A chief design and application criterion for implementing the method of the invention is based on the fact that metals, and particularly ferrous metals, are best protected from the perils of oxidation in a dessicated inert gas atmosphere.

However, these are unrealistic conditions. Thus, the composition and method of the invention can permit a practical extension of this protection by augmenting the ACA performance properties with polymers and other viscous systems.

One advantageous and widely applicable embodiment of the invention centers upon using an aqueous ACA solution according to the invention as a solvent for the admixture of polymers that impart predictably-graded degrees of (1) density, (2) molecular weight distribution, (3) viscosity, (4) hygroscopicity, (5) surface tension and (6) lubricity. Such polymers may be purely synthetic, or natural, or mixtures of natural and synthetic polymers, or represent any degree of mixed polar and non-polar properties that meet some use demand. However,

incorporated together, such polymers have no innate anti-corrosion capabilities of their own. It is obvious, too, that all six of the properties cited are common performance criteria for petroleum products and as in cases of water soluble polymers, petroleum-based substances can also be specifically varied in their compositional properties to meet certain use demands. Such adaptability to specific overlapping use applications shared by both water-soluble polymers and petroleum product could occur in many areas but the corrosion issue tied to water- based systems is often satisfactory for making decisive application choices.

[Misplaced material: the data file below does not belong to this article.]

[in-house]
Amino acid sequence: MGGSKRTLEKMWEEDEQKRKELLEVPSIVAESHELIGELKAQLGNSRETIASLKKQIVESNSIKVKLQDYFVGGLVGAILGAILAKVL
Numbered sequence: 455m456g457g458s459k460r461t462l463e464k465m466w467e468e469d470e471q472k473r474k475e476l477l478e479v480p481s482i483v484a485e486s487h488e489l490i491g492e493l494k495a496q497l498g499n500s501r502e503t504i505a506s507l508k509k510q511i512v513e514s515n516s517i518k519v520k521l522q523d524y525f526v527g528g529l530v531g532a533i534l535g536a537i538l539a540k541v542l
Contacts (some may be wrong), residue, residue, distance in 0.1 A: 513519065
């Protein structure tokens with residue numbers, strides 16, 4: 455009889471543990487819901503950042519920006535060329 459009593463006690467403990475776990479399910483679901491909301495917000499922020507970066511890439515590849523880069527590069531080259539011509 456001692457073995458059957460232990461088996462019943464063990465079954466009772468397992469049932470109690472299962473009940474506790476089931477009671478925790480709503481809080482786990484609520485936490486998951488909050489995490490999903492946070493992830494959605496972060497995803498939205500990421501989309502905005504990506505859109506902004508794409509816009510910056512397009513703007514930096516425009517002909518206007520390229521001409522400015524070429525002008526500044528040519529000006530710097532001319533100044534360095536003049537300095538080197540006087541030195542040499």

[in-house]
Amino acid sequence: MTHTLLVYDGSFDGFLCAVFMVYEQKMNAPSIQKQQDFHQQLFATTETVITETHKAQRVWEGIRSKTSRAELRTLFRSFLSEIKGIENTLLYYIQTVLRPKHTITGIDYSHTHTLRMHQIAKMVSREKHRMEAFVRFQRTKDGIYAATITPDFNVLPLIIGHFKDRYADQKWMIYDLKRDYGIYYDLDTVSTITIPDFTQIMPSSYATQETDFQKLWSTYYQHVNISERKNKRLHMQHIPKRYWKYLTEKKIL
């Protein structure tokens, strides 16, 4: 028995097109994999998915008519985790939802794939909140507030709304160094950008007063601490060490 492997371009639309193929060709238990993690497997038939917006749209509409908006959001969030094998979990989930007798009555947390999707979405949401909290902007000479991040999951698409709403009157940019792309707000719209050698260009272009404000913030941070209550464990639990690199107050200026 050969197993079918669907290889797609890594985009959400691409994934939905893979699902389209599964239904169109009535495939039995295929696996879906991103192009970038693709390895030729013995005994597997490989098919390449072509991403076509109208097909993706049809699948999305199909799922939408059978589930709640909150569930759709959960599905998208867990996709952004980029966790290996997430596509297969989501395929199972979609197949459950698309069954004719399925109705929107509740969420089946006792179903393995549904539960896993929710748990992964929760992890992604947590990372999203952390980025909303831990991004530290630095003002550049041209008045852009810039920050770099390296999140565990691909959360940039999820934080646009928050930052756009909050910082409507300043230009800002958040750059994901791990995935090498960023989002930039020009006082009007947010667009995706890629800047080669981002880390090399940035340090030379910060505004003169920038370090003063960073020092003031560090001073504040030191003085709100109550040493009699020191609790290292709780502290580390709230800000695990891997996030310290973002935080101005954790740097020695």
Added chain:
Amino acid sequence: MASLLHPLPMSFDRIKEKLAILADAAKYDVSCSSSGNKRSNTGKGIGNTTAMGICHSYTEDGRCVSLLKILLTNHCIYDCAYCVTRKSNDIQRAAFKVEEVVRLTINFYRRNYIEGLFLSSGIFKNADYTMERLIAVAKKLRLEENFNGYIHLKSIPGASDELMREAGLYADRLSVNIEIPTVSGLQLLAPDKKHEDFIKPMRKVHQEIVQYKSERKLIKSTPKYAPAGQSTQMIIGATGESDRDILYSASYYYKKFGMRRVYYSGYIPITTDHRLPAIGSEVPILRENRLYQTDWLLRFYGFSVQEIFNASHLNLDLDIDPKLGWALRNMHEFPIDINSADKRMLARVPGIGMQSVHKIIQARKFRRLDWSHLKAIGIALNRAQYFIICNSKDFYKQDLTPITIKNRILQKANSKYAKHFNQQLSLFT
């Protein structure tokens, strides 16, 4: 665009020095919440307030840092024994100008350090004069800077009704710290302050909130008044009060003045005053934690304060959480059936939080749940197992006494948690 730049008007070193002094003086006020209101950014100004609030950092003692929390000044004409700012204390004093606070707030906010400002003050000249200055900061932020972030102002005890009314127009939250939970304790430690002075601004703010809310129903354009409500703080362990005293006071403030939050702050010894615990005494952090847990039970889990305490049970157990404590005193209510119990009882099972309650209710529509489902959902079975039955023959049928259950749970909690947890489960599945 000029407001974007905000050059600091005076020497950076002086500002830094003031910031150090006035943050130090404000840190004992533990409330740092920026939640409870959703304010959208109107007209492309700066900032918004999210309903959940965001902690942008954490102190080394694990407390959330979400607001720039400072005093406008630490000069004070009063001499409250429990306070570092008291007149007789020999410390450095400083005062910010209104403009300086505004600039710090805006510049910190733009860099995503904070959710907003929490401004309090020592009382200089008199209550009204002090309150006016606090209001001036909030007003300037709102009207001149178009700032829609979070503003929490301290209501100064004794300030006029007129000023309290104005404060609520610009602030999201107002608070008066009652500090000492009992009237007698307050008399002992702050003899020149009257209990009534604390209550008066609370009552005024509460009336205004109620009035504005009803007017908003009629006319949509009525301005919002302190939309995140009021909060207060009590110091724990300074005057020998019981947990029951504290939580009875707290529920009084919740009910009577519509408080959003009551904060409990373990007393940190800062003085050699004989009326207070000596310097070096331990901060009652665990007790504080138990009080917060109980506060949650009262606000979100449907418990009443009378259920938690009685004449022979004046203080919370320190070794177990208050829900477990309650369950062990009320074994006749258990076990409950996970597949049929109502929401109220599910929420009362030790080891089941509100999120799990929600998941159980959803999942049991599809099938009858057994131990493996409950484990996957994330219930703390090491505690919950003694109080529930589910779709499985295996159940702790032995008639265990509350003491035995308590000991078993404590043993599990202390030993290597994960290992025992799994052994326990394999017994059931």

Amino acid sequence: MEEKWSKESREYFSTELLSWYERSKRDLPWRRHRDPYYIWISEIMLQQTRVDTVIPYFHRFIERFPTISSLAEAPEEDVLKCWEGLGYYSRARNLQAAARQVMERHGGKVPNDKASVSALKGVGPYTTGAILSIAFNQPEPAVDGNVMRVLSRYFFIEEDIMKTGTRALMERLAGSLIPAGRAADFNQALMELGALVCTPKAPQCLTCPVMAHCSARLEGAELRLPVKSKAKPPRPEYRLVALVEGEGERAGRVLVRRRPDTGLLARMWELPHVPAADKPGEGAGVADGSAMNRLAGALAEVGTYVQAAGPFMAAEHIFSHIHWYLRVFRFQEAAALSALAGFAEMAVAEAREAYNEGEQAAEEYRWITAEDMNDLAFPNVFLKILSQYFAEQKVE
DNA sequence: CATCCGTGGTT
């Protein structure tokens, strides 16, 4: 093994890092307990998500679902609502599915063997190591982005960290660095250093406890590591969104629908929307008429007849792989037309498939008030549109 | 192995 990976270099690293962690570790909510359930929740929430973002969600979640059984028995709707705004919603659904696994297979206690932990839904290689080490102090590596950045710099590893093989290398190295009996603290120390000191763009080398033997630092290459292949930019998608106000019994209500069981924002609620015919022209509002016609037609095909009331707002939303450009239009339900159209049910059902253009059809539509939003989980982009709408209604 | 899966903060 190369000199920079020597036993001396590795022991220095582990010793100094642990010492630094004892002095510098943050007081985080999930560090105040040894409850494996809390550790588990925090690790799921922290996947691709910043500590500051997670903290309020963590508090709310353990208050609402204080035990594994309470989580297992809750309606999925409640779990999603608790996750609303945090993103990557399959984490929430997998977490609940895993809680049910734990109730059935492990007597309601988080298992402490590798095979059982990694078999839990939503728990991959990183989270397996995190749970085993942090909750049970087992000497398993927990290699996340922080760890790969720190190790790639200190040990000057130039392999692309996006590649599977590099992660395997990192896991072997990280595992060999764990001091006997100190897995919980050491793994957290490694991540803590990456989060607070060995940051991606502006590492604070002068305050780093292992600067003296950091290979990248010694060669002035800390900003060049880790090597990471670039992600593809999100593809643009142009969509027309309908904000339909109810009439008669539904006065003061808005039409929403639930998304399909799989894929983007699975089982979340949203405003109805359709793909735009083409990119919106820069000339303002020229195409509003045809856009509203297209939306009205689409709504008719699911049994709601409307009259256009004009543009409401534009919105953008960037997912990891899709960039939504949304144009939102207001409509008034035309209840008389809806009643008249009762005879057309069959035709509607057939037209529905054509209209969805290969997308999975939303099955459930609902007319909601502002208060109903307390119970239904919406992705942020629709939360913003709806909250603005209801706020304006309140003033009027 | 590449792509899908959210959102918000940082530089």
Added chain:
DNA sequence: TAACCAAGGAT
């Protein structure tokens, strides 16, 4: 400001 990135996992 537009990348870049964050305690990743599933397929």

Although lubricity and viscosity properties of petroleum products can effectively shield ferrous metals from some corrosive reactions, petroleum products are not anti-corrosion agents. Indeed, many petroleum products that temporally shield metals from rusting and oxidation undergo oxidation themselves, which obviates their anti-corrosion protection. The invention permits the admixture of a genuine anti-corrosion agent according to the invention into any fluid or viscous system with or without the contribution of any polymers to inhibit metal oxidation, including that of ferrous metals and aluminum.

Chief among favored water soluble polymers that can embody the invention are those polymers such as polyethylene glycol (PEG), methoxypolyethylene glycol (MPEG), and polyalkylene glycol (PAG) (also described as a linear polymer of propylene and ethylene oxides). The general formula for PEG is H-[O-CH2-CH2] n-OH and the corresponding designation for MPEG is CH3-[O-CH2-CH2] n-OH. For PAGs or the linear copolymers of ethylene and propylene oxides, the general formula corresponds to X-O- [CH2-CH (CH3) - O] n [CH2-CH20] m-Z where subscripts"n"and"m"are average numbers of different repeating bracketed monomers, namely, "propylene oxide"and"ethylene oxide," "X"is a hydrogen atom (-H) or any other relevant nondescript functional group and"Z""is a hydrogen atom (-H) or hydroxyl (-OH) group. Average molecular weights for PEGs, MPEGs and PAGs are less than 100,000 with many in the usual range of less than 15,000. Other favored embodiments of the invention can include addition of the ACA to nonionic, water-soluble poly (ethylene oxide) polymers characterized by high molecular weight ranges from 75,000 to 12,000, 000 daltons.